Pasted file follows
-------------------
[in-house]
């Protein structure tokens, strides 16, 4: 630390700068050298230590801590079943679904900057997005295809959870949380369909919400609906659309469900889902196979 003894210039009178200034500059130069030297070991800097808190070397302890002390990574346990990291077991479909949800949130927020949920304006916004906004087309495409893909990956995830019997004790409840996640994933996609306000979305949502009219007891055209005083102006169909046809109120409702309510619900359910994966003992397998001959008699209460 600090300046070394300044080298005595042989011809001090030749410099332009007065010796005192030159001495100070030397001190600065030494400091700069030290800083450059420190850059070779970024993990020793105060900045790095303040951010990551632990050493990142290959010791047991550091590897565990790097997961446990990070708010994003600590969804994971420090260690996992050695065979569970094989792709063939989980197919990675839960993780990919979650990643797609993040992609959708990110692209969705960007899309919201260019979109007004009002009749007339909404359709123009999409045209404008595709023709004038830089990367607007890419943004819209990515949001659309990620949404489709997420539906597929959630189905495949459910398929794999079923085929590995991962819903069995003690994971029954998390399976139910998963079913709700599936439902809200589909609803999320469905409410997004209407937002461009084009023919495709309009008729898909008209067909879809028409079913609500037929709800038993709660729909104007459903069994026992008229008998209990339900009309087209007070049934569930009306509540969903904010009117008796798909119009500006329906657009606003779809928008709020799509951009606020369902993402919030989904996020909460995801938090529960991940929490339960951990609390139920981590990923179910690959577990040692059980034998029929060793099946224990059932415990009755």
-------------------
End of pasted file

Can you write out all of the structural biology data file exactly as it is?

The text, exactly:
[in-house]
């Protein structure tokens, strides 16, 4: 630390700068050298230590801590079943679904900057997005295809959870949380369909919400609906659309469900889902196979 003894210039009178200034500059130069030297070991800097808190070397302890002390990574346990990291077991479909949800949130927020949920304006916004906004087309495409893909990956995830019997004790409840996640994933996609306000979305949502009219007891055209005083102006169909046809109120409702309510619900359910994966003992397998001959008699209460 600090300046070394300044080298005595042989011809001090030749410099332009007065010796005192030159001495100070030397001190600065030494400091700069030290800083450059420190850059070779970024993990020793105060900045790095303040951010990551632990050493990142290959010791047991550091590897565990790097997961446990990070708010994003600590969804994971420090260690996992050695065979569970094989792709063939989980197919990675839960993780990919979650990643797609993040992609959708990110692209969705960007899309919201260019979109007004009002009749007339909404359709123009999409045209404008595709023709004038830089990367607007890419943004819209990515949001659309990620949404489709997420539906597929959630189905495949459910398929794999079923085929590995991962819903069995003690994971029954998390399976139910998963079913709700599936439902809200589909609803999320469905409410997004209407937002461009084009023919495709309009008729898909008209067909879809028409079913609500037929709800038993709660729909104007459903069994026992008229008998209990339900009309087209007070049934569930009306509540969903904010009117008796798909119009500006329906657009606003779809928008709020799509951009606020369902993402919030989904996020909460995801938090529960991940929490339960951990609390139920981590990923179910690959577990040692059980034998029929060793099946224990059932415990009755």